The national flag of France flies beneath a clock in Toulouse, France, on Tuesday, Aug. 12, 2014. The euro traded 0.3 percent from a nine-month low before reports this week that may show growth in the region weakened and inflation slowed, adding to signs the bloc's economy is struggling to recover. Photographer: Balint Porneczi/Bloomberg

A group of large investors has written to France’s biggest companies asking them to opt out of a controversial new “protectionist” law.

Under the Florange law, passed in April, investors that have held stock in a listed French company for at least two years will automatically be granted double voting rights unless the company alters its articles of association to opt out of this provision.

The legislation reverses the current position whereby companies had to expressly choose to introduce double voting rights.

Some investors fear it will strengthen the hand of the French state, which has large holdings in many French companies, as well as trade unions, which typically control the voting rights of employee share schemes, at the expense of minority shareholders.

“The government is effectively changing the law to create an enhanced share class to protect France so it can influence the way France is governed,” said Neil Dwane, chief investment officer for European equities at Allianz Global Investors. It is among 19 investors with combined assets of €2.3tn that have written to the chief executives of France’s 40 largest companies arguing in favour of “one share, one vote”.

Angeli Benham, corporate governance manager at Legal & General Investment Management, which has written its own letter to almost 100 French companies, said: “It is a form of protectionism. In France there are a lot of government or family-owned companies and they are not really interested in what minority shareholders have to say.”

Ms Benham said LGIM had so far received just two responses, including one from a CAC 40 company with a large government stake that said it had no plans to opt out.

The campaign comes just weeks after a successful investor rebellion in Italy against a new law that would have made it easier for companies to create “loyalty shares” offering double voting rights to long-term investors.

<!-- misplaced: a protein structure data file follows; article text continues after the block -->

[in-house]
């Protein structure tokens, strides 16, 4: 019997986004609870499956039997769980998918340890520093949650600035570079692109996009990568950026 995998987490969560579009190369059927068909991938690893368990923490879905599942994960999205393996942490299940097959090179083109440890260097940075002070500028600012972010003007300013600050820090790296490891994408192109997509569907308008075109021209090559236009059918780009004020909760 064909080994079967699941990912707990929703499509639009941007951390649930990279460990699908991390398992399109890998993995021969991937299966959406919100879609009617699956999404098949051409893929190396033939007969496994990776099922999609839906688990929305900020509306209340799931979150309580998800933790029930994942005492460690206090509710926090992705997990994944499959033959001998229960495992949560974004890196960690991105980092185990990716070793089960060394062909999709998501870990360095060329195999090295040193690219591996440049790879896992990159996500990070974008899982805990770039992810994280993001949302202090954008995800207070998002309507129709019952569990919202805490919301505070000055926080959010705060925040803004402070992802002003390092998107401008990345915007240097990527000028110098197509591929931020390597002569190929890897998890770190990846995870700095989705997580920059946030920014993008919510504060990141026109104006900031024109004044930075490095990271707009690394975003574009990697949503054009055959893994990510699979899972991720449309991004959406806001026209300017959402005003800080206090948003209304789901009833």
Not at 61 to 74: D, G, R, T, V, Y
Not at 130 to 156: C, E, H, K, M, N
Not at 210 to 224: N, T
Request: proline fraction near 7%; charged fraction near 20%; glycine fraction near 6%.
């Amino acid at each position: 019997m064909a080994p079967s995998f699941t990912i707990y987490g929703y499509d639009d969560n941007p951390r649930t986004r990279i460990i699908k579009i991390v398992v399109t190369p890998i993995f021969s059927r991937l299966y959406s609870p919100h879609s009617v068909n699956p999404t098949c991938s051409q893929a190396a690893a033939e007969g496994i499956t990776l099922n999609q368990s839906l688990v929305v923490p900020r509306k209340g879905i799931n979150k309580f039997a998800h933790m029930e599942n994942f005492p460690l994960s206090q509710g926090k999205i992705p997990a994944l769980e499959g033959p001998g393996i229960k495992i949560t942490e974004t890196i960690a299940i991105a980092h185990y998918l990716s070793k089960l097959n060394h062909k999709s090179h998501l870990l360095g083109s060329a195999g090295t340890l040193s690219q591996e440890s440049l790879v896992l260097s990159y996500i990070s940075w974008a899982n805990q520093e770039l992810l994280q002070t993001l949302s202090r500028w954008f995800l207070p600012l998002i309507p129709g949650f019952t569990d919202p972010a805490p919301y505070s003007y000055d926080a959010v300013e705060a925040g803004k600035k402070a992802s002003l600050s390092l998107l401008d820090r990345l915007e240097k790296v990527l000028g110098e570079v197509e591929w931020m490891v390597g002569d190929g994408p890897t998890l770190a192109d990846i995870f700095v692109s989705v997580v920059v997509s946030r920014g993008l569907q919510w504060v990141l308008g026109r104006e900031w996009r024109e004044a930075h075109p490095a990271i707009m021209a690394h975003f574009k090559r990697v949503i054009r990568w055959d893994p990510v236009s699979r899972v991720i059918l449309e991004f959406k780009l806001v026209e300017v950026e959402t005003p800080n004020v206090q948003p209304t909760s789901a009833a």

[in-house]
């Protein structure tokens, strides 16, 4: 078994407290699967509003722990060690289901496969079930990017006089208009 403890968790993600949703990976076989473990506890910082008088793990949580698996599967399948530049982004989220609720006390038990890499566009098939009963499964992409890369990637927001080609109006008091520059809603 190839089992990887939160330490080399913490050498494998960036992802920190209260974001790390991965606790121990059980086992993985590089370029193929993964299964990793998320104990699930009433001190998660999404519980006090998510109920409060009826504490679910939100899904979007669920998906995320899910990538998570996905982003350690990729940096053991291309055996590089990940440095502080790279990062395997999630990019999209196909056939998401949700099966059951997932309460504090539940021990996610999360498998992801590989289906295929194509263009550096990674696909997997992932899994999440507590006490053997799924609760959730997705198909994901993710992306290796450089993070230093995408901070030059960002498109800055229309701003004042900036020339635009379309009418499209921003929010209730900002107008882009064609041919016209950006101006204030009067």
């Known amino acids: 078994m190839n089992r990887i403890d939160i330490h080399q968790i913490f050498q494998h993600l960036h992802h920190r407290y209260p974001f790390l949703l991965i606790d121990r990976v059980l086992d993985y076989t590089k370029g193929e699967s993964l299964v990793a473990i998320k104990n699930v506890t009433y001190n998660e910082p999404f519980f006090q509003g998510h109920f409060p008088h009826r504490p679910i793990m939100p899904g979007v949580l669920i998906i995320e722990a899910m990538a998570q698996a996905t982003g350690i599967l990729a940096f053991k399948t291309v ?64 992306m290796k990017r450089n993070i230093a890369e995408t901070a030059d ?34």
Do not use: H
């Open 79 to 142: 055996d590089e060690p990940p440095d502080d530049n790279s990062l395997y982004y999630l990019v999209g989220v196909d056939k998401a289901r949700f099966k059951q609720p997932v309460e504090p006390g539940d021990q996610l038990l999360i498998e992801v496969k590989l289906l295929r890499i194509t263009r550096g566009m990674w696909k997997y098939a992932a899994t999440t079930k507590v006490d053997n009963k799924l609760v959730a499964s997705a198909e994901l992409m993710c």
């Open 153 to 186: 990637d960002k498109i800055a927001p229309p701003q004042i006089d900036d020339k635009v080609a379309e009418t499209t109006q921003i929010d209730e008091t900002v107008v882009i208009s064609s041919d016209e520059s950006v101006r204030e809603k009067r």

Prime Minister Matteo Renzi agreed to scrap a law allowing loyalty shares to be created if approved by a simple 50 per cent majority of shareholders, rather than the previous two-thirds majority, amid claims from investors, academics and board members that the watering down would benefit entrenched family shareholders.

Mr Dwane said French companies that moved away from one share, one vote risked driving away foreign investment, raising their cost of capital.

“This kind of behaviour will detract from the willingness to invest in France. French companies will trade at a discount because people feel there is a higher burden of care required because of the interference from the French government. I think it is important that all shareholders are treated equally,” he said.

Ms Benham said LGIM, which holds just under 1 per cent of the French market through its index funds, was unable to register for double voting rights because the stock is held in nominee accounts.

Karina Litvack, a non-executive director at Eni, the energy company, and former head of governance and sustainable investments at F&C Asset Management, who was influential in forcing the policy U-turn in Italy, said “the administrative hoops required to qualify for loyalty shares are so unwieldy that, in effect, their only beneficiaries are controlling shareholders”.

The Florange law also scraps the principle of board neutrality during offer periods, giving boards discretion to take frustrating measures without prior shareholder approval. It was introduced after ArcelorMittal, the Luxembourg-based steelmaker, defied the French government by closing two furnaces in the north-eastern French town of Florange.

Other signatories to the French letter include Aberdeen, Robeco, PGGM and TIAA-CREF.

The French economy ministry said the measure was designed to promote long-term investment, reduce stock turnover and “allow companies to be managed in a long-term perspective”, and that it was not protectionist because all long-term shareholders, regardless of their nationality, qualified for double voting rights.

It estimated that 22 constituents of the Cac 40 already have double voting-right mechanisms in place, while similar systems existed in several other European countries.

“The double voting rights mechanism is not mandatory. The shareholders who oppose it are free to vote against it,” the ministry added.

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